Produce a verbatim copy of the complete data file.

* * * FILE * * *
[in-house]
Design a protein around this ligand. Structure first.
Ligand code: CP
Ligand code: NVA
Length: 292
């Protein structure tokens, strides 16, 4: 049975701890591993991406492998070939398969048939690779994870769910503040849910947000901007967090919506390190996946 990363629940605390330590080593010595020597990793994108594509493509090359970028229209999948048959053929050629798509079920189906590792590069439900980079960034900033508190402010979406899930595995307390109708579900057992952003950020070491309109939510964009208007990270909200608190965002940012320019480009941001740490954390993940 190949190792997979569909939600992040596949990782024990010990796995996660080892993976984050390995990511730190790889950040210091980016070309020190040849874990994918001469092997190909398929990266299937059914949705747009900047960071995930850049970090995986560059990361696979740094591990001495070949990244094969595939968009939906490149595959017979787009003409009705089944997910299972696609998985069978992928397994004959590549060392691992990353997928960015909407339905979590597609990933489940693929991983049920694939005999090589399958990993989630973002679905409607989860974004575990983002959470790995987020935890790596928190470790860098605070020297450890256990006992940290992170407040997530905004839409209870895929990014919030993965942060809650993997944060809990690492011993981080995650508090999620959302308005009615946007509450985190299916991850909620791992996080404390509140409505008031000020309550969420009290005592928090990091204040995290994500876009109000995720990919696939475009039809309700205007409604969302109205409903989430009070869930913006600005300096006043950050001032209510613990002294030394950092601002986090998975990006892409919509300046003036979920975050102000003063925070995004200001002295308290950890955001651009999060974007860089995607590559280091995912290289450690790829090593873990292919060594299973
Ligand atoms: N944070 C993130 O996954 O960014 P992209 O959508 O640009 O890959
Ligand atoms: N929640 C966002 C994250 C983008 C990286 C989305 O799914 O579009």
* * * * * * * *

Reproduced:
[in-house]
Design a protein around this ligand. Structure first.
Ligand code: CP
Ligand code: NVA
Length: 292
């Protein structure tokens, strides 16, 4: 049975701890591993991406492998070939398969048939690779994870769910503040849910947000901007967090919506390190996946 990363629940605390330590080593010595020597990793994108594509493509090359970028229209999948048959053929050629798509079920189906590792590069439900980079960034900033508190402010979406899930595995307390109708579900057992952003950020070491309109939510964009208007990270909200608190965002940012320019480009941001740490954390993940 190949190792997979569909939600992040596949990782024990010990796995996660080892993976984050390995990511730190790889950040210091980016070309020190040849874990994918001469092997190909398929990266299937059914949705747009900047960071995930850049970090995986560059990361696979740094591990001495070949990244094969595939968009939906490149595959017979787009003409009705089944997910299972696609998985069978992928397994004959590549060392691992990353997928960015909407339905979590597609990933489940693929991983049920694939005999090589399958990993989630973002679905409607989860974004575990983002959470790995987020935890790596928190470790860098605070020297450890256990006992940290992170407040997530905004839409209870895929990014919030993965942060809650993997944060809990690492011993981080995650508090999620959302308005009615946007509450985190299916991850909620791992996080404390509140409505008031000020309550969420009290005592928090990091204040995290994500876009109000995720990919696939475009039809309700205007409604969302109205409903989430009070869930913006600005300096006043950050001032209510613990002294030394950092601002986090998975990006892409919509300046003036979920975050102000003063925070995004200001002295308290950890955001651009999060974007860089995607590559280091995912290289450690790829090593873990292919060594299973
Ligand atoms: N944070 C993130 O996954 O960014 P992209 O959508 O640009 O890959
Ligand atoms: N929640 C966002 C994250 C983008 C990286 C989305 O799914 O579009």